So, last month, a cool mama, Naomi Yap, of Coppell (an equally cool suburb of Dallas, I lived there for a few years!) was kicked out of the Vista Ridge Mall Hollister for nursing her baby in the dressing room.
Details and video, as well as a bunch of really ridiculous comments, can be found on NBC5’s page.
I’ll not even address the fact that it was inappropriate for the person in charge to go swinging curtains back without asking if anyone is in there first and waiting a moment for a reply. That is heinous regardless of what she was doing in there. If she was trying on clothing and was topless, he would have already been strung up as a perv. But, we’ll not worry about that detail for now. I’m more interested in the fact that he told her it was against company policy to breastfeed there, like companies publish policies like that in the first place, or employees would know that policy. In retail, most days you are lucky if they know the return policy.
Interestingly enough, several of my non-nursing friends asked why she had stopped to breastfeed in the store rather than go to the *nursing stations* in the mall. I don’t know what specifically her reasons were, but I will happily give you a few of my thoughts on that situation.
1) It doesn’t take that long to nurse my kid (like 5-10 minutes) which is typically longer than it would take to slink off to the nursing station. I usually won’t be polite enough to go to a dressing room, unless there is nowhere to sit in the store, then I will if they aren’t busy. I have nursed in a Macy’s dressing room and a Steinmart dressing room. At the Macy’s they absolutely knew what I was doing, and they were thrilled that I was keeping my baby from screaming at the top of her lungs. At the Steinmart, I was having a conversation about it the whole time with my mom, so I wasn’t particularly discreet there either. I suppose if someone had said something to me, I would have gotten out of the dressing room, since technically it is for trying things on, and I would have sat on the floor instead. I don’t consider it loitering if I stop for 10 minutes in one place when I am actively shopping in a store. If I smoked two packs a day, and had to take a moment to catch my breath, I can’t imagine it would be considered loitering. Or if I had a broken ankle or something. But I digress…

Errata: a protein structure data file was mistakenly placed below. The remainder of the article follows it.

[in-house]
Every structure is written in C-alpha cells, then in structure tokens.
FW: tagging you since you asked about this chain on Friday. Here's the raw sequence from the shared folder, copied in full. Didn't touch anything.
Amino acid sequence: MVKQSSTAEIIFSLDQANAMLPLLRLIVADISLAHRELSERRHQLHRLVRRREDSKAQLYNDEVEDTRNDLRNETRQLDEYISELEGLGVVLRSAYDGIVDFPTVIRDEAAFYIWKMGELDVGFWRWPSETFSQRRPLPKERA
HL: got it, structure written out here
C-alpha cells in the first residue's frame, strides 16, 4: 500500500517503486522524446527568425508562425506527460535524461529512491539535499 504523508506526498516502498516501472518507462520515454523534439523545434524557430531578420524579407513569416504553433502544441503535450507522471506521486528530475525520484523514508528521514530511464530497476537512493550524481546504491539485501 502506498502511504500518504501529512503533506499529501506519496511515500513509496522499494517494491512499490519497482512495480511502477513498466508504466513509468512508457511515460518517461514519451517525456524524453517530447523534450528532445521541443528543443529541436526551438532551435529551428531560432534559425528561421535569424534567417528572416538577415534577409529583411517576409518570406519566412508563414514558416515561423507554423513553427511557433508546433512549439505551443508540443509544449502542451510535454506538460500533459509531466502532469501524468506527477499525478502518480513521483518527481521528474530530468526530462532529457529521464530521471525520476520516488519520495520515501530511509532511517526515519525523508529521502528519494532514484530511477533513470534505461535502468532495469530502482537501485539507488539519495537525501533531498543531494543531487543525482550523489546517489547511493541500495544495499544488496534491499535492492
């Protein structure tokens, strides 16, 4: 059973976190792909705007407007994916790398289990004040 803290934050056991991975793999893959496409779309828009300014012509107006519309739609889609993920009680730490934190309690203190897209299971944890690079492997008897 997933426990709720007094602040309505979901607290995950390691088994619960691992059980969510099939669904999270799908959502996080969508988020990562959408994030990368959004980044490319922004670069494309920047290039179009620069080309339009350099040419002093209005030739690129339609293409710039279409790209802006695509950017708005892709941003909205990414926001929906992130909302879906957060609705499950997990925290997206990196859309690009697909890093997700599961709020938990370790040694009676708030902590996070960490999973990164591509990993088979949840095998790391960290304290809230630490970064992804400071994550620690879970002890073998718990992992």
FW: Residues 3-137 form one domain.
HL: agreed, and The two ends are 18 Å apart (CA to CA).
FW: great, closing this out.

Typically I am happy to just sit in a corner and nurse. I also don’t use nursing covers (although I did when she was little and I wasn’t coordinated), so put on your big-boy panties and look away if you can’t handle it. That’s what I do, look away, every time I am in McDonalds and have to watch someone suck down a Big Mac like they haven’t eaten in 6 weeks. I’d rather not watch that either. (Hmmmm…. so, if YOU who are opposed to me nursing in public will eat YOUR Big Mac in the bathroom, I will consider nursing there.)
2) My boobs are NOT hanging out. Seriously. Above is a picture of my baby nursing. A close up. Do you see my boob? Her body covers most all of me and she has her mouth over the interesting bits.
3) This is what they are meant for. That’s why they make milk. Which brings me to the most hysterical part of this whole sad story: